Divorce can be difficult for everyone in Georgia. From the start, there will be necessary adjustments personally, emotionally and financially. For those with minor children, they will need to think about how custody will be determined, what the visitation schedule will be and how much child support will be ordered.
There are formulas the state uses to decide on child support. There can be deviations. In general, the amount is designed to cover the child’s living arrangements, clothing, medical coverage, schooling and more. A common concern for both parents is the duration of the order. The law addresses this and it is important to understand how this is handled.
What does the law say about child support duration?
Minor children must be supported until they reach the age of majority, which in Georgia is 18. However, there are other circumstances when the duration can extend beyond age 18 or end before the child reaches 18. If the child gets married or is emancipated, the support obligation will end at that time.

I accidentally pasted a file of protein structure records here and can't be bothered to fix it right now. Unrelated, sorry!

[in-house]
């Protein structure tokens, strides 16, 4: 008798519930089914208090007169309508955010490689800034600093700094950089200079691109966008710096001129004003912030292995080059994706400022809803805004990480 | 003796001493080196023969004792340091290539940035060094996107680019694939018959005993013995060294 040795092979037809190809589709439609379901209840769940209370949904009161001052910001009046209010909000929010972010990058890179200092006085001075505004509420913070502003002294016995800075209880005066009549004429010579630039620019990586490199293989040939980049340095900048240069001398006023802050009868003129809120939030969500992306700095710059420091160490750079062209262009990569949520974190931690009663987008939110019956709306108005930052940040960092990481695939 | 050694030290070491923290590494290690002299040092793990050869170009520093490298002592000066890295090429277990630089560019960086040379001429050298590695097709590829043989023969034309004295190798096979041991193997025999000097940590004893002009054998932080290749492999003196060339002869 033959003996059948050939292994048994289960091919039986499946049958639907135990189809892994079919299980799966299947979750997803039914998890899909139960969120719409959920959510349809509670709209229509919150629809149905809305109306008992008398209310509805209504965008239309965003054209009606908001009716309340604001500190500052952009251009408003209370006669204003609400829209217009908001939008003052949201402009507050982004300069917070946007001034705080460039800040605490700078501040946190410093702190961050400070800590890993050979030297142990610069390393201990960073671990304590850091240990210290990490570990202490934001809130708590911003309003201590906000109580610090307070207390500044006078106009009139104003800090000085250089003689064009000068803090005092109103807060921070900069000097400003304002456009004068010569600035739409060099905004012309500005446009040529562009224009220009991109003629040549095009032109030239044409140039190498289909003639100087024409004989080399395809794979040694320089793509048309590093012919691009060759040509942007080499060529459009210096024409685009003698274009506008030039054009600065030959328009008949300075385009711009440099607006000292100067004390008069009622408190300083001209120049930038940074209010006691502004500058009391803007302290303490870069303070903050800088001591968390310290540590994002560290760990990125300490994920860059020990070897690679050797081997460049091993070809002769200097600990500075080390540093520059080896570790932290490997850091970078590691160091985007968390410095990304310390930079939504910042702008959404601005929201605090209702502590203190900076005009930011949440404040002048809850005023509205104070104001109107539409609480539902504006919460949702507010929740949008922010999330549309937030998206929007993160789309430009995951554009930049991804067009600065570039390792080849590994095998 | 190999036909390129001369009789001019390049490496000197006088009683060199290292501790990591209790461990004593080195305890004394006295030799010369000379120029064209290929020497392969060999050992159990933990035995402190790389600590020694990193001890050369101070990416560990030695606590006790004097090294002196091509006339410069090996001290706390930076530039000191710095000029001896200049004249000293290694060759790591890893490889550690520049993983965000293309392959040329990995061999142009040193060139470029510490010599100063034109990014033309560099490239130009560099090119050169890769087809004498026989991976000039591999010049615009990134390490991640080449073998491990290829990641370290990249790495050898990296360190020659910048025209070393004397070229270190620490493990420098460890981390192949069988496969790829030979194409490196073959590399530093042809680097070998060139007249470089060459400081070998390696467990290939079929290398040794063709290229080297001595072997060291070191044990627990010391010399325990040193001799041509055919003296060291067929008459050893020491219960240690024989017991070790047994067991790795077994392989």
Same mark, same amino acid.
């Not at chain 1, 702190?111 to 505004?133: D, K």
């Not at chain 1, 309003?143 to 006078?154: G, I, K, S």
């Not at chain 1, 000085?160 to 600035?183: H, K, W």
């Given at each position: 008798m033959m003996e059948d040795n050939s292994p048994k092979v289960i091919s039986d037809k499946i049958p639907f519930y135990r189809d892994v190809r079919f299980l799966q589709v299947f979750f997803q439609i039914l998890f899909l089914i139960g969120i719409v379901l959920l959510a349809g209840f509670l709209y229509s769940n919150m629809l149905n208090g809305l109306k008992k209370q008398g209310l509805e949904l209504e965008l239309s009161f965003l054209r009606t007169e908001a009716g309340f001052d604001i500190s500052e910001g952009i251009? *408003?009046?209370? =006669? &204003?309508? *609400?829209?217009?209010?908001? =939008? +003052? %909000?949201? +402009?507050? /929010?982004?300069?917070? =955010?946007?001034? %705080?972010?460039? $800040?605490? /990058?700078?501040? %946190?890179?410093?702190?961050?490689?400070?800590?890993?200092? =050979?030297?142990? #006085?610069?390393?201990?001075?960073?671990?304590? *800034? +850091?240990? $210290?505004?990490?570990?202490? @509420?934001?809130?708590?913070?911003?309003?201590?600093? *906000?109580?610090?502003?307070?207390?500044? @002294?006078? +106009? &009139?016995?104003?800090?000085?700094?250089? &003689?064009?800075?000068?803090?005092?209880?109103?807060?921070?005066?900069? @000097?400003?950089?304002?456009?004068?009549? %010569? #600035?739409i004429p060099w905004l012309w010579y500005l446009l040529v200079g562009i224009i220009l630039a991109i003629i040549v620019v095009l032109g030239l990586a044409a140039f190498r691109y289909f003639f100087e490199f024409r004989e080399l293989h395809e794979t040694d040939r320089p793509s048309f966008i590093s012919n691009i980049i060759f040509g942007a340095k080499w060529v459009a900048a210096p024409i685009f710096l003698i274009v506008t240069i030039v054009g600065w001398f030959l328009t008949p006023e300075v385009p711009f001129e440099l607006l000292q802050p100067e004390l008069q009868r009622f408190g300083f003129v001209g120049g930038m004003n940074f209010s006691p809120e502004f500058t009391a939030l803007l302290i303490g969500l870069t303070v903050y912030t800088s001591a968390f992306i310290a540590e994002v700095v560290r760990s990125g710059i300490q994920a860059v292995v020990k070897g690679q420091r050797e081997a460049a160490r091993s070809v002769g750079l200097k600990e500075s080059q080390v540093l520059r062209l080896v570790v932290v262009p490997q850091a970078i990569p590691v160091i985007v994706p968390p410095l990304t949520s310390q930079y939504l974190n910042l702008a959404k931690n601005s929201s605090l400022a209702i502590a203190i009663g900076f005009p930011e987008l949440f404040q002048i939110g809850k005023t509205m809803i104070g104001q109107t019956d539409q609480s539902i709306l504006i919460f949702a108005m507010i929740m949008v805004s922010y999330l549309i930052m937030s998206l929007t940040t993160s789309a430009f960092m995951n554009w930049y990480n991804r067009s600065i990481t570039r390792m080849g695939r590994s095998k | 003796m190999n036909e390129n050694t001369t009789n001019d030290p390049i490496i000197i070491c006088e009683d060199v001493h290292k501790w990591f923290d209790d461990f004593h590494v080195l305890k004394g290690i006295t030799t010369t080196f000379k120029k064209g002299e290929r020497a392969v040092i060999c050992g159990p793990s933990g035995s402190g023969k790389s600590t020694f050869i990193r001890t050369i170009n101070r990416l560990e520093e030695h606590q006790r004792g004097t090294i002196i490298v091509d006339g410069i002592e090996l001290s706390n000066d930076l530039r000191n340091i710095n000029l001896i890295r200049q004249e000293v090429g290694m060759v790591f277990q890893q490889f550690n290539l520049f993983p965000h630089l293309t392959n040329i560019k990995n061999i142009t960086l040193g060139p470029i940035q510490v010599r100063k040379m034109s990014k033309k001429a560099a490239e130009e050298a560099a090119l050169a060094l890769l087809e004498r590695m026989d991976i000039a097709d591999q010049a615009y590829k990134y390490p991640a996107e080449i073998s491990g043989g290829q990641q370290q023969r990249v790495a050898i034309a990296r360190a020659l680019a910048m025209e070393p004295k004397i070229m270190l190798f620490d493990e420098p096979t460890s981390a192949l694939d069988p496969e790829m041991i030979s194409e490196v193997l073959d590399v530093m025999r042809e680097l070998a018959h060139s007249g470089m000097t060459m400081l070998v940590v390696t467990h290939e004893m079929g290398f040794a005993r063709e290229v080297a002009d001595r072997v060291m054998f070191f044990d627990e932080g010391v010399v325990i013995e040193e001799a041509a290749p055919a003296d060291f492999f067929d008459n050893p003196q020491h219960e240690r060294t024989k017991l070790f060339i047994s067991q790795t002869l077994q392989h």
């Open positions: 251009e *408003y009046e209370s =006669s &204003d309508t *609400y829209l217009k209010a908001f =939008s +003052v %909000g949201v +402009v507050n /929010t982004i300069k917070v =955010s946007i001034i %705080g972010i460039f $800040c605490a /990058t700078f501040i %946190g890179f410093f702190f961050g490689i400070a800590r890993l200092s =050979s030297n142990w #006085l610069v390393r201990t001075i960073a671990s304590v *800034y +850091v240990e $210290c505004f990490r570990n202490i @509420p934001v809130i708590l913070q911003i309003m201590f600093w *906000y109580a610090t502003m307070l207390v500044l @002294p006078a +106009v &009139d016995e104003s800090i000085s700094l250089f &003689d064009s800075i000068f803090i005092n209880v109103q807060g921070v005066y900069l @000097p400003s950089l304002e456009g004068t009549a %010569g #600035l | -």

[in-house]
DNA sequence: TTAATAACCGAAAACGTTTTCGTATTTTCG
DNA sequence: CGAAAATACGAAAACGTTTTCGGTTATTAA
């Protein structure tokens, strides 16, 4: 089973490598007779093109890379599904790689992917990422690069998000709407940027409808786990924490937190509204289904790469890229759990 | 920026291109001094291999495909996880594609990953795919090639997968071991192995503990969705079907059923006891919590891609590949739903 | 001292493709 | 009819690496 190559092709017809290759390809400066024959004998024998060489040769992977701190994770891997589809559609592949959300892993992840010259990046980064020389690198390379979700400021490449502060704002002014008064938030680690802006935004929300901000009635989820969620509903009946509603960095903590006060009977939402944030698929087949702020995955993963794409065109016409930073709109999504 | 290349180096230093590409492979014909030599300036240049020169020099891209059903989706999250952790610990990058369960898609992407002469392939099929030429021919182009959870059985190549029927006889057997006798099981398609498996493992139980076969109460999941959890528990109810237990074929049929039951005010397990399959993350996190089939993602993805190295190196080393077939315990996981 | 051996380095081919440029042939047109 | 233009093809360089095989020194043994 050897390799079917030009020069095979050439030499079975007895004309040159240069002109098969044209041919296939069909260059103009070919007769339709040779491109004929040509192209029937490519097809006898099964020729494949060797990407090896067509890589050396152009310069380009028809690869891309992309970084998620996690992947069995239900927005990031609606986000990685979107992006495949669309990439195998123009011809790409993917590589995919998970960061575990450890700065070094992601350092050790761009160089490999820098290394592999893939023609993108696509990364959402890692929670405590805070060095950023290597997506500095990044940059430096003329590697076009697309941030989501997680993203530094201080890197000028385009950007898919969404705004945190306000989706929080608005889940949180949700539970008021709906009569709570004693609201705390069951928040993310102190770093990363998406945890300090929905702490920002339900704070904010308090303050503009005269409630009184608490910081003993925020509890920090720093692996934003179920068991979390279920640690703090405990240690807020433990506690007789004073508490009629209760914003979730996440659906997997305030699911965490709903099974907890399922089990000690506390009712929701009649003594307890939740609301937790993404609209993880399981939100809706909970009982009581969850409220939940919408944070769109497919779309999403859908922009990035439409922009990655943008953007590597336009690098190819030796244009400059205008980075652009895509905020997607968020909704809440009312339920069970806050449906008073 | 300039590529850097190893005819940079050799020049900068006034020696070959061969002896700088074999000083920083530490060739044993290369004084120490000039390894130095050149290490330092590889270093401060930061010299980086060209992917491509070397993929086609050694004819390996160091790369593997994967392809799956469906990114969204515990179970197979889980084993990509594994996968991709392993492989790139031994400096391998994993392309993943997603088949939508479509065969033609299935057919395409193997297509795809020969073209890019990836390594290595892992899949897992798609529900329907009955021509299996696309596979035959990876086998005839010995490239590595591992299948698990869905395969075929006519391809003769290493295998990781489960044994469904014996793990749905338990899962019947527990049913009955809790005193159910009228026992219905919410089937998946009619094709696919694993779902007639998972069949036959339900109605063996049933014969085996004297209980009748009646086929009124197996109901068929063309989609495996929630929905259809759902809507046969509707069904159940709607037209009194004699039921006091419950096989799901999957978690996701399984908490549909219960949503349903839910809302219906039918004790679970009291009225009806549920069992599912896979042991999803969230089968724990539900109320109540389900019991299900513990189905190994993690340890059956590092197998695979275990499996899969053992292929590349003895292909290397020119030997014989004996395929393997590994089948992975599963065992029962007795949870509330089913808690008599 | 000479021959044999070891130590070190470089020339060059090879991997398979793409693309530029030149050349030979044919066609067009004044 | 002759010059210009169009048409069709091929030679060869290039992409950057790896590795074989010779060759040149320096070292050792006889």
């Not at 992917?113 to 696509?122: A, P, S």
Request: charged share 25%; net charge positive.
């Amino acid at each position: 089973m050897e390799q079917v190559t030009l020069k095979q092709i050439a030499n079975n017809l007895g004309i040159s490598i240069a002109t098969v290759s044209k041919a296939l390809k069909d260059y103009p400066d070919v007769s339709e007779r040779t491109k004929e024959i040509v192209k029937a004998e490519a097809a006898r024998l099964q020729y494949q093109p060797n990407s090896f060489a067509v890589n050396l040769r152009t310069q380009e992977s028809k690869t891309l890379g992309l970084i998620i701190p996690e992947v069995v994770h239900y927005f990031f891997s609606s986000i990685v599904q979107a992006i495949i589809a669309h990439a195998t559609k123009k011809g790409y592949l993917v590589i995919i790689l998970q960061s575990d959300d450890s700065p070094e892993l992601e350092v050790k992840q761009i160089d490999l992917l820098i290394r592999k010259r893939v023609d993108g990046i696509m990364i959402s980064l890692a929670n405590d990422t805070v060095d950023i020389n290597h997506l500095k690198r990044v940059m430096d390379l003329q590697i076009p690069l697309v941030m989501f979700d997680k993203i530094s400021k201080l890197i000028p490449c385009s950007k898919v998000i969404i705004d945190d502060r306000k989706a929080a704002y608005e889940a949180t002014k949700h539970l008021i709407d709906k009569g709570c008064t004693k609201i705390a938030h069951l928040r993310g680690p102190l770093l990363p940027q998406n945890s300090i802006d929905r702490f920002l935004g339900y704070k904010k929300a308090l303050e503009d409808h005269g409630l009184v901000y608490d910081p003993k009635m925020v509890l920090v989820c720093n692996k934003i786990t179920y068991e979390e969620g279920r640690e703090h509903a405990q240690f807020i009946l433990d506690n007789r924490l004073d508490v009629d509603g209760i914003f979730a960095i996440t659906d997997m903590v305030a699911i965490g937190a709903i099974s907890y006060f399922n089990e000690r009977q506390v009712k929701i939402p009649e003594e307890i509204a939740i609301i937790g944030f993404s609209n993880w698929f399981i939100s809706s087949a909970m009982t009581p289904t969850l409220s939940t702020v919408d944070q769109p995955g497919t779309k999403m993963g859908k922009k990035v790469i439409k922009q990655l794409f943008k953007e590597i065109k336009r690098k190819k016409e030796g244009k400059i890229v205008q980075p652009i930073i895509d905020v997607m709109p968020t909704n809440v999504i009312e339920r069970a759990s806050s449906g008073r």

While it is not as common as it once was for people under 18 to get married, it does happen. The child might be emancipated when they seek and are approved of being responsible for themselves. They must show they can support themselves and oversee their own finances. If they are on active duty in the military, they can also be emancipated.
The court can use its discretion and order the parents to provide financial support to the child if child has not previously gotten married or was emancipated and is enrolled in a secondary school. A secondary school student can continue being supported until they reach the required age for it to cease. The payments will continue until the child turns 20.
Family law concerns should be addressed with professional assistance
There is no doubt that parents want to support their children. Despite that, there will be questions about the amount of child support that will be paid and for how long. For these and other issues that arise as part of a family law case, it is important to have professional advice. This can ensure that the right amount of support is ordered, it is paid on time and in full, and it ends when the child reaches the age of majority or meets the other requirements for it to continue or conclude.